The Seventh, Eighth, Ninth and Tenth Commandments

The Seventh Commandment:
Thou Shalt Not Steal

605. THE THREE ROBBERS.-----A merchant, who was travelling through a forest with a quantity of jewels and precious ornaments, was attacked by three robbers, who stripped him of all that he possessed and beat him severely. Having done so, they carried off the stolen treasure into their cave, and sent the youngest of their number into the neighbouring town to buy wine and provisions. During his absence the two remaining robbers said one to another: "Why should we be obliged to share our treasure with that boy? As soon as he returns let us make an end of him." Meanwhile their young companion thought within himself as he journeyed to the town, "What a grand thing it would be if all that gold and silver were my own! And why should it not, for I can easily poison my two comrades!" Accordingly when he bought the provisions, he purchased some poison which he mixed with the wine; he then set out on his return. No sooner had he reached the cave than his two companions set upon him and murdered him with their daggers. They then ate heartily and drank the poisoned wine. In a short time they died amid agonies of pain, and the dead bodies of the three were soon after discovered beside the treasure, which was restored to the rightful owner.----Gibson

608. POOR, BUT HONEST.-----A poor man one day found a purse containing about two hundred pieces of gold and silver. He knew that he could not make his own of what he found, and so he posted up a notice, in which was written: Whoever has lost some pieces of gold and silver can recover them by applying to-----, who lives in-----.The person who lost the money made every inquiry about it, but the money could not be found. At last the notice attracted his attention, and he at once hastened to the spot where he who had found the money lived. He saw the poor man, and after having answered satisfactorily the few questions proposed to him in reference to the money, the purse was handed to him. So grateful was the owner to the poor man that he offered him a tenth part of the money found. It would not be taken. Take at least three pieces," said he. "No," replied the poor man, "I will have none." "I beg of you, then," said the other, "to accept five pieces." The poor man persisted in his refusal to take any of the money. Being again and again solicited to take a little, he at last consented, but no sooner had he received it, than he divided it with others equally poor as himself.-----Reyre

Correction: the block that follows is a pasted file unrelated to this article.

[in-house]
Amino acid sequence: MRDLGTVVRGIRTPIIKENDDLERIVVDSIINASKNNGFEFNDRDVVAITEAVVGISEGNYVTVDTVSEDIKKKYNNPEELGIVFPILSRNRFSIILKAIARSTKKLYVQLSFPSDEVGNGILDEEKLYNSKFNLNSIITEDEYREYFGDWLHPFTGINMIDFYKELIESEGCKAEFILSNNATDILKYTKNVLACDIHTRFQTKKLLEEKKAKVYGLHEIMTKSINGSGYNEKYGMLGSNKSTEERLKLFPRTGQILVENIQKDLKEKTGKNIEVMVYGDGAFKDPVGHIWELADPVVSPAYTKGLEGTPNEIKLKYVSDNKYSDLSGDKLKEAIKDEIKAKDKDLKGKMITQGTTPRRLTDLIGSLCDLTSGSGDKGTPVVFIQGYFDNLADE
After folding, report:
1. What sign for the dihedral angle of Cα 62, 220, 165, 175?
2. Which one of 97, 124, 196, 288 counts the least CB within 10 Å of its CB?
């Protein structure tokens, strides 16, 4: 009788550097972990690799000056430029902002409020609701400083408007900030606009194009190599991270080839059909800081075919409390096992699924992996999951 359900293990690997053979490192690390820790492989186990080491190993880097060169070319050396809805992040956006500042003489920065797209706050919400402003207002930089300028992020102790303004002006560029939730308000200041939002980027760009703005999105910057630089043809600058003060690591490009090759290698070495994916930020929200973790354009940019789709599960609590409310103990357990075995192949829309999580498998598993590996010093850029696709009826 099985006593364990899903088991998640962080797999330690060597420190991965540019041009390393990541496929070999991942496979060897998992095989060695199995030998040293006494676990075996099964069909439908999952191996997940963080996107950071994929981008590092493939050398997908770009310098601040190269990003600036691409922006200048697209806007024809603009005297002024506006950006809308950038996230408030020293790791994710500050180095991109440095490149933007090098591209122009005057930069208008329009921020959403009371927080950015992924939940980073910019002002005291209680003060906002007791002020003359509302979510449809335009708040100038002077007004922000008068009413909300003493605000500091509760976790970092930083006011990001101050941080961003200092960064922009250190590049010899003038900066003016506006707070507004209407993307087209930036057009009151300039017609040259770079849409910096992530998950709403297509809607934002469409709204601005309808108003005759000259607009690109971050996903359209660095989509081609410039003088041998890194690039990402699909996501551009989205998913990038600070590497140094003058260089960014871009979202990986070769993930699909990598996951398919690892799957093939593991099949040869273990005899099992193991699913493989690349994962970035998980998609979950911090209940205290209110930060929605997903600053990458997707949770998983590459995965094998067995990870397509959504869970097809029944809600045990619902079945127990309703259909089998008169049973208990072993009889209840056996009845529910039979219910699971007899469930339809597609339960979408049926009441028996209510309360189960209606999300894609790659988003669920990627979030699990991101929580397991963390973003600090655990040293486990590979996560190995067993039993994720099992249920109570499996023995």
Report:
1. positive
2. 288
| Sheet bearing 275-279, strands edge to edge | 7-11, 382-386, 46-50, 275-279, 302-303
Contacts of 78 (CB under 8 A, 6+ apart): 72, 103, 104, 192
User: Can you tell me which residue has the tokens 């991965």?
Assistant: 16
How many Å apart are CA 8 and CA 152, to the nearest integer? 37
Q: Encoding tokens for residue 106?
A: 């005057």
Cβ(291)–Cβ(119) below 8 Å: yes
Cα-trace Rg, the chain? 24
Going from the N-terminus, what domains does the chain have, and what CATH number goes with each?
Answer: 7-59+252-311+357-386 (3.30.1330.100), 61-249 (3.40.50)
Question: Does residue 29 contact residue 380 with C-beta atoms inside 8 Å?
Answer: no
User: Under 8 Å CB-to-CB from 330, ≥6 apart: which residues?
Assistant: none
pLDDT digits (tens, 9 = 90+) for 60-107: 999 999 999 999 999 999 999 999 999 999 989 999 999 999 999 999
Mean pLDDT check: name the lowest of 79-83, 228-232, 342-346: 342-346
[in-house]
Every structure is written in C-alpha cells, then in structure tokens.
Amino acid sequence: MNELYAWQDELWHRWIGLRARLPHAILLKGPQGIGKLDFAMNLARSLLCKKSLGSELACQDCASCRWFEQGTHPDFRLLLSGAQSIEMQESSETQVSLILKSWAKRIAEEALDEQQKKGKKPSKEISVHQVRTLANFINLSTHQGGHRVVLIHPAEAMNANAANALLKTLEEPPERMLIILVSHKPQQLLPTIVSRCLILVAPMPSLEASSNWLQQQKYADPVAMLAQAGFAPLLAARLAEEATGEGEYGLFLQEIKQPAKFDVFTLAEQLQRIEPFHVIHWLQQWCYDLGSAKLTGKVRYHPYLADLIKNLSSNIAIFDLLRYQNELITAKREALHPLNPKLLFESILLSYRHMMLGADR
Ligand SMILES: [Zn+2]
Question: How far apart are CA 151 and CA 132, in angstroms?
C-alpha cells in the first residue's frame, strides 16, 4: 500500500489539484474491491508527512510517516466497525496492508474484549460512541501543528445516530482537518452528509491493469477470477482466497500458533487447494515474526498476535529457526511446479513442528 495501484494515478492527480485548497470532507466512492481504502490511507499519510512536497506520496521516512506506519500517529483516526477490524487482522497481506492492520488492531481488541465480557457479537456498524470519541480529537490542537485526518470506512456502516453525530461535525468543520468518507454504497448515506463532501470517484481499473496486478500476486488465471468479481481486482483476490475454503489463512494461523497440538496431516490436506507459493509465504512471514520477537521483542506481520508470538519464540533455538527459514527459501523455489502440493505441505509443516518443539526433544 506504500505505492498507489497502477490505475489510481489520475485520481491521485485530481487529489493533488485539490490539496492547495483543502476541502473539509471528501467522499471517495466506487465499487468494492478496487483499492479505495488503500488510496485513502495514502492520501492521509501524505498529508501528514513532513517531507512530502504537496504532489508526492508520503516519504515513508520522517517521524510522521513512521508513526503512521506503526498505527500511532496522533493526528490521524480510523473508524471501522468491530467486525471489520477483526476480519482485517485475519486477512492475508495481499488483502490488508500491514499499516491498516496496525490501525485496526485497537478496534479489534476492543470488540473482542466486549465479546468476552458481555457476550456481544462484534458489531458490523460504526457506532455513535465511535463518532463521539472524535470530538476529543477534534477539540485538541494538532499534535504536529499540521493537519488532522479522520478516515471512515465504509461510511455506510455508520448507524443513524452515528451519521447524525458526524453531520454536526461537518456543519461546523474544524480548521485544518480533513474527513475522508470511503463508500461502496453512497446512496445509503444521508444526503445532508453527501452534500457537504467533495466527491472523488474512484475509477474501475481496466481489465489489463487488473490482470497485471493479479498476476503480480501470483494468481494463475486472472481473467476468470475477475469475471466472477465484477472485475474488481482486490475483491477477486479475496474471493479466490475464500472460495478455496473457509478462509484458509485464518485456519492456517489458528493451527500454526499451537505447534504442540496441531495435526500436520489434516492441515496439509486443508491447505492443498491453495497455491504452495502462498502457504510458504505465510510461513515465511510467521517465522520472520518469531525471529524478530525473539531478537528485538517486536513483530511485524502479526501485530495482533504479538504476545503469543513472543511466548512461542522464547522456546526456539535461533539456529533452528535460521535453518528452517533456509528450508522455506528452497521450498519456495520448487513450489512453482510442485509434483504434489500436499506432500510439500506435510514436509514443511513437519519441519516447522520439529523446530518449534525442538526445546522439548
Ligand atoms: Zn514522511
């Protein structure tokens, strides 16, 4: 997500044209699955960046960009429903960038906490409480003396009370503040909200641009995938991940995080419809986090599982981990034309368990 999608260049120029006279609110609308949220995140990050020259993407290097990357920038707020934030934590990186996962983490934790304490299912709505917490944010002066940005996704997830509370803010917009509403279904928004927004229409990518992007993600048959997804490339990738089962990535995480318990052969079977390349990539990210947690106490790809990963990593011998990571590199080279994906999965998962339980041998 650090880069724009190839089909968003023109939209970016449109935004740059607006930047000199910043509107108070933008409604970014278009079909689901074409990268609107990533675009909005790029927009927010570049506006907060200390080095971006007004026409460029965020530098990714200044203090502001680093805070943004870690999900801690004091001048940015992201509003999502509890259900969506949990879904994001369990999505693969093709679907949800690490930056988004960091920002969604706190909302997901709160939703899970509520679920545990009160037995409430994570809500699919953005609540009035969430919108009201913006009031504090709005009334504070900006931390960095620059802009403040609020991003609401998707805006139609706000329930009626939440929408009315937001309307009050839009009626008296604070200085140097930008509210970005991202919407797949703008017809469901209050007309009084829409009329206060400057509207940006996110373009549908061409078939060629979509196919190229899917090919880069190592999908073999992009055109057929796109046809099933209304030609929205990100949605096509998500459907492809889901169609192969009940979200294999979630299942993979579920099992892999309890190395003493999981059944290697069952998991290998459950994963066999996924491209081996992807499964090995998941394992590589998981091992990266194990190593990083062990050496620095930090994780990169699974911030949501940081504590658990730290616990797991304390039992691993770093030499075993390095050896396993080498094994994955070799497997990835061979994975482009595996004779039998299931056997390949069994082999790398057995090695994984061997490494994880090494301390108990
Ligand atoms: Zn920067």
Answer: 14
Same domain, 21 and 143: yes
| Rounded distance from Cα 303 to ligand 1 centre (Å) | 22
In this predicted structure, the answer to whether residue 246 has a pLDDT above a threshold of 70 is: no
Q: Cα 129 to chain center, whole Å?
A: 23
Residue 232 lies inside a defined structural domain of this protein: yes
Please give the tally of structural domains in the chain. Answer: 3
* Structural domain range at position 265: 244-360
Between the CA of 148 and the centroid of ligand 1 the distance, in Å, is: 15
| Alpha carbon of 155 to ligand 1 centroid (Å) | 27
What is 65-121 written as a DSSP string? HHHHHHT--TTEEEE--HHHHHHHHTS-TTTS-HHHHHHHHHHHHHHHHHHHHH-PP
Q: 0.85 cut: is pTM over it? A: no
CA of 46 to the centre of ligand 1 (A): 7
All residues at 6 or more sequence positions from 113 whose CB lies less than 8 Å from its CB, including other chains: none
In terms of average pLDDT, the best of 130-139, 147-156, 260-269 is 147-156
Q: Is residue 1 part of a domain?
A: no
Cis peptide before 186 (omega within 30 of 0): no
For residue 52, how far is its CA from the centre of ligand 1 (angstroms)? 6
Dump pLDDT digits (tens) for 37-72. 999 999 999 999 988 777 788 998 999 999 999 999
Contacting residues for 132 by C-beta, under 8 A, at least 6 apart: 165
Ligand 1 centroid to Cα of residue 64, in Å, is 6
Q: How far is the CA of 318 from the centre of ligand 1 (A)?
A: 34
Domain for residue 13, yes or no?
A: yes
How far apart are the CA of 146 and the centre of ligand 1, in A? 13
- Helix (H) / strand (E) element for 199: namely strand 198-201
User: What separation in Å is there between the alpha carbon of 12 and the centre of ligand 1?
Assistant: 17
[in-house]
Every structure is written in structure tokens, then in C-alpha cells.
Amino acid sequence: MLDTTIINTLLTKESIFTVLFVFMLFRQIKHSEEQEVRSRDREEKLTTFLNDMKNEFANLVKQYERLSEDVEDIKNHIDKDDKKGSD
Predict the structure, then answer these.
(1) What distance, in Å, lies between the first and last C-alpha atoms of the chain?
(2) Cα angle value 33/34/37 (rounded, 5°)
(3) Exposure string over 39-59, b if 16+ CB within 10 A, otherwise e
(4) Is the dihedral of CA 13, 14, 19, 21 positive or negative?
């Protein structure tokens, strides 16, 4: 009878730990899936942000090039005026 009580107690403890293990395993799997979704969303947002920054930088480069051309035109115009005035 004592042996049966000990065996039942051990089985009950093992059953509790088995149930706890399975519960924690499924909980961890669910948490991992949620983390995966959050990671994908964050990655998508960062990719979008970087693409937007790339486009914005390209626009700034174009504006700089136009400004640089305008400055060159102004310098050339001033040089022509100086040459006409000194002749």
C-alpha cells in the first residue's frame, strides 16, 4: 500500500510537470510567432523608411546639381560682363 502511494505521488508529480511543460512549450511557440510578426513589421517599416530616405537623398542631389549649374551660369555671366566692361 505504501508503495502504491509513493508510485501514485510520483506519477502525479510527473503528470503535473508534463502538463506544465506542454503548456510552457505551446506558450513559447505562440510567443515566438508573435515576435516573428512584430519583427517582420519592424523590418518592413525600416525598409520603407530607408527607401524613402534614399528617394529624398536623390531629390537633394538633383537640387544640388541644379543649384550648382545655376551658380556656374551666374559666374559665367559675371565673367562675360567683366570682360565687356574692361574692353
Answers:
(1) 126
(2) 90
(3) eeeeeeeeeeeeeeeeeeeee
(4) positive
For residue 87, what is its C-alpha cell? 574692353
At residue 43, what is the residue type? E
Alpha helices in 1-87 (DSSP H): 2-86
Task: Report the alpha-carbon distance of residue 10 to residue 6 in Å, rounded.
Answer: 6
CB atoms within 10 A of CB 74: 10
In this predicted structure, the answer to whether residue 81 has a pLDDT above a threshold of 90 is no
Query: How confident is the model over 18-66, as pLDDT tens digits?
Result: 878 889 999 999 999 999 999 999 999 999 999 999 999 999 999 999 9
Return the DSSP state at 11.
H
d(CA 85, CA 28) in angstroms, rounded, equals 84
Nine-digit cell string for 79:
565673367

610. HONESTY OF S. ELIGIUS.-----S. Eligius, who flourished in the eighth century, was apprenticed in his youth to a goldsmith, and made such progress in his trade that the fame of his skill in working the precious metals reached the ears of King Clotaire II. This monarch being anxious to possess a chair of state of the richest materials and superior workmanship, summoned Eligius to court, and gave orders that he should be supplied from the royal treasury with a large quantity of pure gold and a number of rich and costly jewels. The work being at length completed, the chair was brought home to the palace, and presented by Eligius to the king, who expressed his entire satisfaction and ordered a rich reward to be given to the young goldsmith. But what was his astonishment, when Eligius requested to know his pleasure with regard to the other chair. "For," said he, "finding that the materials were sufficient, I have made two state chairs, exactly alike and corresponding with the directions given." This remarkable instance of honesty, contrasting as it did with the conduct of so many others who were employed at court, but sought only their own enrichment, made such an impression on the king, that he immediately nominated Eligius to the responsible office of keeper of the royal treasury, a post in which he ever displayed the same spotless integrity that he had shown in the management of his own business. After leading a holy and mortified life at court for some years, beloved by all and esteemed as a Saint, he was consecrated Bishop of Noyon, in which sacred office he rendered important service to the Church.-----His Life: Dec. 1

614. THE LAST WILL OF A USURER.-----A miser, seeing his last hour arrive, called for a scrivener, and dictated his will as follows: "I give my body to the earth, and my soul to the Devil, to whom it belongs!" His friends around were horrified, and entreated the dying man to lay aside such frightful thoughts, and to remember he was soon to appear before God. But all attempts to change his mind proved unavailing. Persisting in his blasphemy and despair, he repeated the same words again and again, in a louder voice and with greater emphasis. "Yes," said he, "I leave my soul to the devils, that they may carry it to Hell, in punishment of my taking what belonged to others by usury. I also leave the Devil the soul of my wife and the souls of my children; because it was on their account that I engaged in those vile and crying practices of usury." He had scarcely uttered these terrible words when his soul quitted his body in frightful agony and despair.-----S. Liguori